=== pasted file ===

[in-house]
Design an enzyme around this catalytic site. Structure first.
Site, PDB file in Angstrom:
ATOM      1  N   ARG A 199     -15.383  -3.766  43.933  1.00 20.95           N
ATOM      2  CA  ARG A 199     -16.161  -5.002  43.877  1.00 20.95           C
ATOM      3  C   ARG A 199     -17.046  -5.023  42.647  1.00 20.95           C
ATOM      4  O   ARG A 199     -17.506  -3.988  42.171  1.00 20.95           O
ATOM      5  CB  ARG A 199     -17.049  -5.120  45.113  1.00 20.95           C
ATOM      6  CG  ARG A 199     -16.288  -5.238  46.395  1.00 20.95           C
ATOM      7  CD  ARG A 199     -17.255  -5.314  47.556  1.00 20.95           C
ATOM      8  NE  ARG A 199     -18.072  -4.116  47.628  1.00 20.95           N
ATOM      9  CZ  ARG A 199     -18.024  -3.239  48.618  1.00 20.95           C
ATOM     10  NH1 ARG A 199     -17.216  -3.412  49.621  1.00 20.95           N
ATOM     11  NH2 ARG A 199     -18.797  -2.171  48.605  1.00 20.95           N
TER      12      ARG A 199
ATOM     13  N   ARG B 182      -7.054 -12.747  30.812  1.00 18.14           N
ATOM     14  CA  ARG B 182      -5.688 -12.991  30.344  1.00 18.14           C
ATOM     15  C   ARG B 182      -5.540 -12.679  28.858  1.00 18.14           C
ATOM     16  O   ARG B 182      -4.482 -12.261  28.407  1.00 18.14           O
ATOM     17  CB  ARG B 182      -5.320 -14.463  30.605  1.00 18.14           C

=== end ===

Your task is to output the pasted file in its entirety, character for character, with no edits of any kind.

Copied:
[in-house]
Design an enzyme around this catalytic site. Structure first.
Site, PDB file in Angstrom:
ATOM      1  N   ARG A 199     -15.383  -3.766  43.933  1.00 20.95           N
ATOM      2  CA  ARG A 199     -16.161  -5.002  43.877  1.00 20.95           C
ATOM      3  C   ARG A 199     -17.046  -5.023  42.647  1.00 20.95           C
ATOM      4  O   ARG A 199     -17.506  -3.988  42.171  1.00 20.95           O
ATOM      5  CB  ARG A 199     -17.049  -5.120  45.113  1.00 20.95           C
ATOM      6  CG  ARG A 199     -16.288  -5.238  46.395  1.00 20.95           C
ATOM      7  CD  ARG A 199     -17.255  -5.314  47.556  1.00 20.95           C
ATOM      8  NE  ARG A 199     -18.072  -4.116  47.628  1.00 20.95           N
ATOM      9  CZ  ARG A 199     -18.024  -3.239  48.618  1.00 20.95           C
ATOM     10  NH1 ARG A 199     -17.216  -3.412  49.621  1.00 20.95           N
ATOM     11  NH2 ARG A 199     -18.797  -2.171  48.605  1.00 20.95           N
TER      12      ARG A 199
ATOM     13  N   ARG B 182      -7.054 -12.747  30.812  1.00 18.14           N
ATOM     14  CA  ARG B 182      -5.688 -12.991  30.344  1.00 18.14           C
ATOM     15  C   ARG B 182      -5.540 -12.679  28.858  1.00 18.14           C
ATOM     16  O   ARG B 182      -4.482 -12.261  28.407  1.00 18.14           O
ATOM     17  CB  ARG B 182      -5.320 -14.463  30.605  1.00 18.14           C